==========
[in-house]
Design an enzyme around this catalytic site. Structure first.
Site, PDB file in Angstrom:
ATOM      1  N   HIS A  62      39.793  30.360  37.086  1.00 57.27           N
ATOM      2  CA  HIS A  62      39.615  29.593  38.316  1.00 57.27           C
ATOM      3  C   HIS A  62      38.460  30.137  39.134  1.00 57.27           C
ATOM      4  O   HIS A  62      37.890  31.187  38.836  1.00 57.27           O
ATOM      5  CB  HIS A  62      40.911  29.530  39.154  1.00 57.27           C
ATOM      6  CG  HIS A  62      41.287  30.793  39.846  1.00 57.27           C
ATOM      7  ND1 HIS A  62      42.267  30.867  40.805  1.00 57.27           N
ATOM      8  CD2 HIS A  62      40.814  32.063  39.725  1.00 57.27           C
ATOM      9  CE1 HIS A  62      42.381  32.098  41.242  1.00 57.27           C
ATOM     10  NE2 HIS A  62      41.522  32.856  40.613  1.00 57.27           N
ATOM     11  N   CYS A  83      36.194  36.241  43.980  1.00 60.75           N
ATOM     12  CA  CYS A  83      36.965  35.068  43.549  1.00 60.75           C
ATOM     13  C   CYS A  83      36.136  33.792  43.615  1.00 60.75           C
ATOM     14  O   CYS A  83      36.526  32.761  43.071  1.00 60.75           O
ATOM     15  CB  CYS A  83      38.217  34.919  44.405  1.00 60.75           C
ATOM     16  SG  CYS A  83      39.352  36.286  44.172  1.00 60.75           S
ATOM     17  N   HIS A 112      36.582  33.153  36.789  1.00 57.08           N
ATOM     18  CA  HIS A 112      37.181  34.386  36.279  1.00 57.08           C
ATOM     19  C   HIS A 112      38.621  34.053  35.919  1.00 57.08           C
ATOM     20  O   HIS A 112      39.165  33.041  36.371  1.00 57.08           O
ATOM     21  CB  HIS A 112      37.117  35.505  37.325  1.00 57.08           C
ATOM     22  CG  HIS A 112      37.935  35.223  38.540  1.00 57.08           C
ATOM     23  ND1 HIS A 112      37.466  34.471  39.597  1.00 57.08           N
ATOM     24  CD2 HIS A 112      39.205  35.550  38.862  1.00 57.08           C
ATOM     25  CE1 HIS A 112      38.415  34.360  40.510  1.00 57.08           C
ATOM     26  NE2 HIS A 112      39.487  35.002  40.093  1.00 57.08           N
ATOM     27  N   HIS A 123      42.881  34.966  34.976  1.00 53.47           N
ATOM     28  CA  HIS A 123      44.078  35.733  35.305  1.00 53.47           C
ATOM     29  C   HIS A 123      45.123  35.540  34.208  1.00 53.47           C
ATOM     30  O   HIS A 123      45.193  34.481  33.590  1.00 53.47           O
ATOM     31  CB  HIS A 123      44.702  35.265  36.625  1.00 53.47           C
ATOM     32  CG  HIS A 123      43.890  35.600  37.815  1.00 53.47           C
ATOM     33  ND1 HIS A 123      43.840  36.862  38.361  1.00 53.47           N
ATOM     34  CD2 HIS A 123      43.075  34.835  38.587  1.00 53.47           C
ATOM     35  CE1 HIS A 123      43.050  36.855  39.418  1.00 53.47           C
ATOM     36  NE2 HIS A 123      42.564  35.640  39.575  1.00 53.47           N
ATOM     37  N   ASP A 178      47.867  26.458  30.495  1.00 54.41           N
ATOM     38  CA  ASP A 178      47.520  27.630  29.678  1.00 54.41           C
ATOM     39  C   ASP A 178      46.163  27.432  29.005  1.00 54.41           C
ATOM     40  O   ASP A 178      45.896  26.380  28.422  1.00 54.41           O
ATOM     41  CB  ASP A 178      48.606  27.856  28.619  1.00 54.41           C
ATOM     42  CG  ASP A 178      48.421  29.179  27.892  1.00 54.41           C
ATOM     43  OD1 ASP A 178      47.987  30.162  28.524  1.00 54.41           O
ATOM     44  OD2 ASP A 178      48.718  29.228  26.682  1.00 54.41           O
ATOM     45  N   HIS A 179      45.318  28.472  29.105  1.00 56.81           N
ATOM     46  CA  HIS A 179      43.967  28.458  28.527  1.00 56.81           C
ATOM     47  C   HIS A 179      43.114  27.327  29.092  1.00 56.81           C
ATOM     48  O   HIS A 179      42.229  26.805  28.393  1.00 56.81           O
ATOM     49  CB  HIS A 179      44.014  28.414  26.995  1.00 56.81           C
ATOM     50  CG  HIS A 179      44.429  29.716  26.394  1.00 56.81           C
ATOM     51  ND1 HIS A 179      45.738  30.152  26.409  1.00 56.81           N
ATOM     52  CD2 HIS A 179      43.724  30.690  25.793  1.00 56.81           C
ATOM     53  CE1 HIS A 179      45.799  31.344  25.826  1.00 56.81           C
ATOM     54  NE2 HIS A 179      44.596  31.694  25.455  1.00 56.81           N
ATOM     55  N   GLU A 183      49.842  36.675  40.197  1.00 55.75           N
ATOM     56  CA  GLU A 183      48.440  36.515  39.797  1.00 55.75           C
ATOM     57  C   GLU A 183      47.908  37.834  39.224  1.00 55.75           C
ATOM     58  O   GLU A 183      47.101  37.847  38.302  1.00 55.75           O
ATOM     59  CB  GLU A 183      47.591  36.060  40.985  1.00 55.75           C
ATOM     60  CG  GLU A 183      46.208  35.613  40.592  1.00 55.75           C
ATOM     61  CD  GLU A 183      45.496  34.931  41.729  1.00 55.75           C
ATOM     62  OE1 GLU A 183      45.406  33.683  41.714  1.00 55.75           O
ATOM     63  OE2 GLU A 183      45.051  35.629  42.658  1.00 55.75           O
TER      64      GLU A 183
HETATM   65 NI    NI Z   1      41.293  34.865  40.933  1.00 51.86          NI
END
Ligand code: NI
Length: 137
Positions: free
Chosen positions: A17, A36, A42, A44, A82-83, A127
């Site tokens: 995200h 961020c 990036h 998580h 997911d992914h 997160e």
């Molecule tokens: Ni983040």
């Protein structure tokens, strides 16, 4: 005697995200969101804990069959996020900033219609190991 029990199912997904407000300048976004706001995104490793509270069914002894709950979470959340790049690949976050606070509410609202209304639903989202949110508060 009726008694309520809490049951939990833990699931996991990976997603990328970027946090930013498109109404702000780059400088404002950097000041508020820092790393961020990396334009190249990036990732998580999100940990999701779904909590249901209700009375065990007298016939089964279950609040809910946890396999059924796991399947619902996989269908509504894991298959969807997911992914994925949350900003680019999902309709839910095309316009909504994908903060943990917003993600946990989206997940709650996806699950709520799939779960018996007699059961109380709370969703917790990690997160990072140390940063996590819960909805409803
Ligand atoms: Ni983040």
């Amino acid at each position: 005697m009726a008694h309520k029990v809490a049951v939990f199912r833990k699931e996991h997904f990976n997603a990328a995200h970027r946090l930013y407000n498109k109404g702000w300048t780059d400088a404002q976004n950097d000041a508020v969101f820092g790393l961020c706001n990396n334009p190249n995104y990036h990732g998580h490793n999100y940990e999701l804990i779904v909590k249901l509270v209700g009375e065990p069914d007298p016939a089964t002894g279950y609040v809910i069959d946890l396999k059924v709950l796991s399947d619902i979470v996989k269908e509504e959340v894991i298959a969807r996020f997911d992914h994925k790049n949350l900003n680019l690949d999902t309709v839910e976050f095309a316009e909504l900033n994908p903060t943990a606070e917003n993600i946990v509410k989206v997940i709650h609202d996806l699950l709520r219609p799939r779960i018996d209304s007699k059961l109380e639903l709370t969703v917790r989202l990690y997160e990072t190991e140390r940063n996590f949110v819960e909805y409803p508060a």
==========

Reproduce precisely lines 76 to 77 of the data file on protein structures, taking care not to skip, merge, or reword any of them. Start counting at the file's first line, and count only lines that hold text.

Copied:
């Protein structure tokens, strides 16, 4: 005697995200969101804990069959996020900033219609190991 029990199912997904407000300048976004706001995104490793509270069914002894709950979470959340790049690949976050606070509410609202209304639903989202949110508060 009726008694309520809490049951939990833990699931996991990976997603990328970027946090930013498109109404702000780059400088404002950097000041508020820092790393961020990396334009190249990036990732998580999100940990999701779904909590249901209700009375065990007298016939089964279950609040809910946890396999059924796991399947619902996989269908509504894991298959969807997911992914994925949350900003680019999902309709839910095309316009909504994908903060943990917003993600946990989206997940709650996806699950709520799939779960018996007699059961109380709370969703917790990690997160990072140390940063996590819960909805409803
Ligand atoms: Ni983040």